Self-concept, academic performance, Math, English, high school, Kenya
This study examined the relationship between self-concept and students’ academic performance in math and English for high school students in Kenya. Participants included 1990 students from two same sex boarding schools-one for boys and the other for girls. Results showed there were sex and grade differences in academic performance and most aspects of self-concept. Specifically, girls did better in math. Performance in English was not significantly different. Grade level differences showed a downward trend relative to norms in both math and English performance with the lower grade levels performing better. This trend possibly related to the changing standards by the teachers. On the self-concept measures, boys rated themselves significantly higher than girls except for physical appearance. As the students progressed through each grade level, their perceptions of self increased. Study implications are discussed.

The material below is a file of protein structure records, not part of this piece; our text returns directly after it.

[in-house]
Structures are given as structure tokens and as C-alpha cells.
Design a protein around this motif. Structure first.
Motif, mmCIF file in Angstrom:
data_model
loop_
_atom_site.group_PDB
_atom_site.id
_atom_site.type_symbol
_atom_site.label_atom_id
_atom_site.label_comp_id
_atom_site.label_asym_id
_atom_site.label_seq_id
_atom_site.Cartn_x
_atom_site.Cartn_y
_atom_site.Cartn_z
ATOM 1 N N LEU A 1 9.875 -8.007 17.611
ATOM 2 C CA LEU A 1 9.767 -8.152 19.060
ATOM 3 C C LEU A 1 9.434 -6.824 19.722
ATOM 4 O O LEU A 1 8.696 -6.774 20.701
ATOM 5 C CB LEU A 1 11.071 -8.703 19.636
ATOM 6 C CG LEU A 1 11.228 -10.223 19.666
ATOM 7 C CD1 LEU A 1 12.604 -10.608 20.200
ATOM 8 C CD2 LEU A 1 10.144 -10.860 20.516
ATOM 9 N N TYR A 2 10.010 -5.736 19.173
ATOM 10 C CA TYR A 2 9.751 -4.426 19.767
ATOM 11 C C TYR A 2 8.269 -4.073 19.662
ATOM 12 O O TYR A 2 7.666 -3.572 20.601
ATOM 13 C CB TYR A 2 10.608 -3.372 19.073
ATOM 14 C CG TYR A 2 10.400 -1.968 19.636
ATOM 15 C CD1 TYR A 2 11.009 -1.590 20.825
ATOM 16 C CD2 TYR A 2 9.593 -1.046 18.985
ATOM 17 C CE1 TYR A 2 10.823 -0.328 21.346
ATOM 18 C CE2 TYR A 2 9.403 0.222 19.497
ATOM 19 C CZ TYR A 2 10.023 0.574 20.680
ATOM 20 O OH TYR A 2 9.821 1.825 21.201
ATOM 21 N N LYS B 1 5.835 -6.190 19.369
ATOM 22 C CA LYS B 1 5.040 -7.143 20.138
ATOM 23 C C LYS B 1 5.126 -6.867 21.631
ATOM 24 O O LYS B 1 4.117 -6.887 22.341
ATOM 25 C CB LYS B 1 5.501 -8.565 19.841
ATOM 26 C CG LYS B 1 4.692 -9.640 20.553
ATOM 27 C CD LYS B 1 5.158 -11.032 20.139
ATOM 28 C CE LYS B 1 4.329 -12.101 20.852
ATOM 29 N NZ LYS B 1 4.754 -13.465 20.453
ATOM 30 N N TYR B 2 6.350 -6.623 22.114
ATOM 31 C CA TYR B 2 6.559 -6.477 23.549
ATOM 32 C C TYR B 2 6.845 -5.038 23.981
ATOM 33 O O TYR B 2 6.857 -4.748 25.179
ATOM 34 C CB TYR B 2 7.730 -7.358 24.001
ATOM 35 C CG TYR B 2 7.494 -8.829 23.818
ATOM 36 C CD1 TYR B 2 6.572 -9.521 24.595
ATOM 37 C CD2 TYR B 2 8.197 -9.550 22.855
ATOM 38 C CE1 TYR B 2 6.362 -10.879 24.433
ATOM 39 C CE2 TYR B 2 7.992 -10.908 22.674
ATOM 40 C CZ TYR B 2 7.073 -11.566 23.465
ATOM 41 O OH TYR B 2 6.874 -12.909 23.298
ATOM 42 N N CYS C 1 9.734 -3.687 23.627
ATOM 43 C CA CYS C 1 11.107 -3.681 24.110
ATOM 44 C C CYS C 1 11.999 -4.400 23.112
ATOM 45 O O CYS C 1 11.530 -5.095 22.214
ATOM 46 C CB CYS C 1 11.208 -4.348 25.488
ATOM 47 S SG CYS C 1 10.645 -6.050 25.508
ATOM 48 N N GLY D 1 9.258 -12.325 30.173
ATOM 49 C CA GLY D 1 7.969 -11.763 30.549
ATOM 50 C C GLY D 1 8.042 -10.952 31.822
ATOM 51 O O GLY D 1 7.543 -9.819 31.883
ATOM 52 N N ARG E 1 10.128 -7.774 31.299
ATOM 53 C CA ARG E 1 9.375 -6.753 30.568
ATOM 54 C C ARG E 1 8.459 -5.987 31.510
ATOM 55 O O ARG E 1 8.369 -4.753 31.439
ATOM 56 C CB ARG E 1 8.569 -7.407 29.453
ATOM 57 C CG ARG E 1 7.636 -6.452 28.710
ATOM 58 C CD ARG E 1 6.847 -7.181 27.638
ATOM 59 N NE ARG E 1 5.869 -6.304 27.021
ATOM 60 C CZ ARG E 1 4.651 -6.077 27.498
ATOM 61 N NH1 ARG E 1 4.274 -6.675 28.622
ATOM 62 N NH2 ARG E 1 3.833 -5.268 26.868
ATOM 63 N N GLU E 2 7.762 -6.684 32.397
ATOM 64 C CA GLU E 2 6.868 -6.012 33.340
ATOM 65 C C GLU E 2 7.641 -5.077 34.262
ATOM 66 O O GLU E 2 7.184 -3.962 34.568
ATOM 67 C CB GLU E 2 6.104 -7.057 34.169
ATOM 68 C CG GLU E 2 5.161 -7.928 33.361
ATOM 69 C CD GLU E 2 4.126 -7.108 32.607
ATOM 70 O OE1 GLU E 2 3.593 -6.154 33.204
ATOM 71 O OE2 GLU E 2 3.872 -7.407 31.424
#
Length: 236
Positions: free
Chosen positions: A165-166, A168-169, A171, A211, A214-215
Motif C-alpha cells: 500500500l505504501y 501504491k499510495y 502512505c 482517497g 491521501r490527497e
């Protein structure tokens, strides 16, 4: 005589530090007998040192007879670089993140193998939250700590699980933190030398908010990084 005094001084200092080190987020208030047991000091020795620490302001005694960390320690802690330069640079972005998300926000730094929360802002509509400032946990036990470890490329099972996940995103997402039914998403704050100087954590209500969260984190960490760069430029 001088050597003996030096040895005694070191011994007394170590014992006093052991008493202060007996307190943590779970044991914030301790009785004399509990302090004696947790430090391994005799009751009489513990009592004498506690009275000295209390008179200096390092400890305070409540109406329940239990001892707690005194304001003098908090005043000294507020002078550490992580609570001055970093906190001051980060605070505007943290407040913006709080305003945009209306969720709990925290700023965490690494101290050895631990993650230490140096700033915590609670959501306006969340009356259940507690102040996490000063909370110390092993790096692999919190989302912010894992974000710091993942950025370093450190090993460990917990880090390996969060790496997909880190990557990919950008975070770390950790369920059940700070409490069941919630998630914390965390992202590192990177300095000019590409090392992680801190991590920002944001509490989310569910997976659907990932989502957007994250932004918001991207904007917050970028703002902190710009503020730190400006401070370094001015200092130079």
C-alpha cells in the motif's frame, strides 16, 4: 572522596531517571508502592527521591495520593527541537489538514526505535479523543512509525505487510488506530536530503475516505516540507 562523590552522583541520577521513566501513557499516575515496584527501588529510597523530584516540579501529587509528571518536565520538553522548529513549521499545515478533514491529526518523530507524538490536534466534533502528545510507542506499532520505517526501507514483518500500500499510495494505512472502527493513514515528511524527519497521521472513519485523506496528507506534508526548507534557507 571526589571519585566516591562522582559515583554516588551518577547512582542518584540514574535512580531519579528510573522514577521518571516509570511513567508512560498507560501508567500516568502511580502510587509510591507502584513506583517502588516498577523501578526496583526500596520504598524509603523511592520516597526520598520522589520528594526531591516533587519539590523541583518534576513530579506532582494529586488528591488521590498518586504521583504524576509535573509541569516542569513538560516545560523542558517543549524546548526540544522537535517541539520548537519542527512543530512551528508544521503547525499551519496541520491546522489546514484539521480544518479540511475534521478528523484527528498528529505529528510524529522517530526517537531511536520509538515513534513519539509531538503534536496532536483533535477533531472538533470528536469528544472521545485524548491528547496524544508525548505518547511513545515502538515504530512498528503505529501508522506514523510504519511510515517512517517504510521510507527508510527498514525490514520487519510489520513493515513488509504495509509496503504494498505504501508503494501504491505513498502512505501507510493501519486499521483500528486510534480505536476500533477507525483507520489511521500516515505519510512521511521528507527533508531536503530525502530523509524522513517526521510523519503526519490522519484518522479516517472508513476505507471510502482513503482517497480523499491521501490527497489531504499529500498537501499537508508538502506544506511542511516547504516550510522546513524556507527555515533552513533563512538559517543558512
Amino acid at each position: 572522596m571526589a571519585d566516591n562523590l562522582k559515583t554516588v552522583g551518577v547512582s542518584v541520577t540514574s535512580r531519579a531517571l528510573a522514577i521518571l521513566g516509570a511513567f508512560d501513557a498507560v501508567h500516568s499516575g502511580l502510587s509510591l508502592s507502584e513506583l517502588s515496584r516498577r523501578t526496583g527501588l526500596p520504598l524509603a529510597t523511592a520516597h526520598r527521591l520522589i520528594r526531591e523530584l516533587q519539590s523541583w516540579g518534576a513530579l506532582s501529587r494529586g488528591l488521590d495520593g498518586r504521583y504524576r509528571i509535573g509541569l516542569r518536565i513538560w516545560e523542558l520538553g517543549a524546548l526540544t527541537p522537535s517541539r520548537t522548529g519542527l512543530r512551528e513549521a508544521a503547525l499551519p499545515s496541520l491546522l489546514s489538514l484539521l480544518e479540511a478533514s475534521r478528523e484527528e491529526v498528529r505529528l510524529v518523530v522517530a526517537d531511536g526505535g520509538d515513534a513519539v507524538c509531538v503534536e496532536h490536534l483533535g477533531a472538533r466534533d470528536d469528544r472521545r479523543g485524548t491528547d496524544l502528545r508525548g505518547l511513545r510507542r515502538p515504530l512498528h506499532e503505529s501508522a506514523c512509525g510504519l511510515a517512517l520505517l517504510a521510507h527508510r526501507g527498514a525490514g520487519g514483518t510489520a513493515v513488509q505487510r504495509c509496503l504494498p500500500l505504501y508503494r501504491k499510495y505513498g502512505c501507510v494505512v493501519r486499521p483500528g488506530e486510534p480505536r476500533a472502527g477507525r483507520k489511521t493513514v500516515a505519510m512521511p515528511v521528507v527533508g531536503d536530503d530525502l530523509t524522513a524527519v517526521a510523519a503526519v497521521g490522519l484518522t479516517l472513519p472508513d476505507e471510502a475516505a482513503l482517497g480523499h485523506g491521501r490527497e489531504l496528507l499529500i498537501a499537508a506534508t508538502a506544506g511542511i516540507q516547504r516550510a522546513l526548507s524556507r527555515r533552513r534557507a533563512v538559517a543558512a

Faculty of Human & Social Sciences (FHASS)
Peer Reviewed/Refereed Publication
Copyright ©2010 International Research Journals
Creative Commons License
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Original Publication Citation
Mucherah, W., Dixon, F., Hartley, K. & Hardin, T. (2010). Perceptions of self-concept and actual academic performance in Math and English among high school students in Kenya. Educational Research. 1(8), 263-275.
Mucherah, Winnie; Dixon, Felicia; Hartley, Kylie; and Hardin, Travis, "Perceptions of Self-Concept and Actual Academic Performance in Math and English Among High School Students in Kenya" (2010). Publications and Scholarship. 16.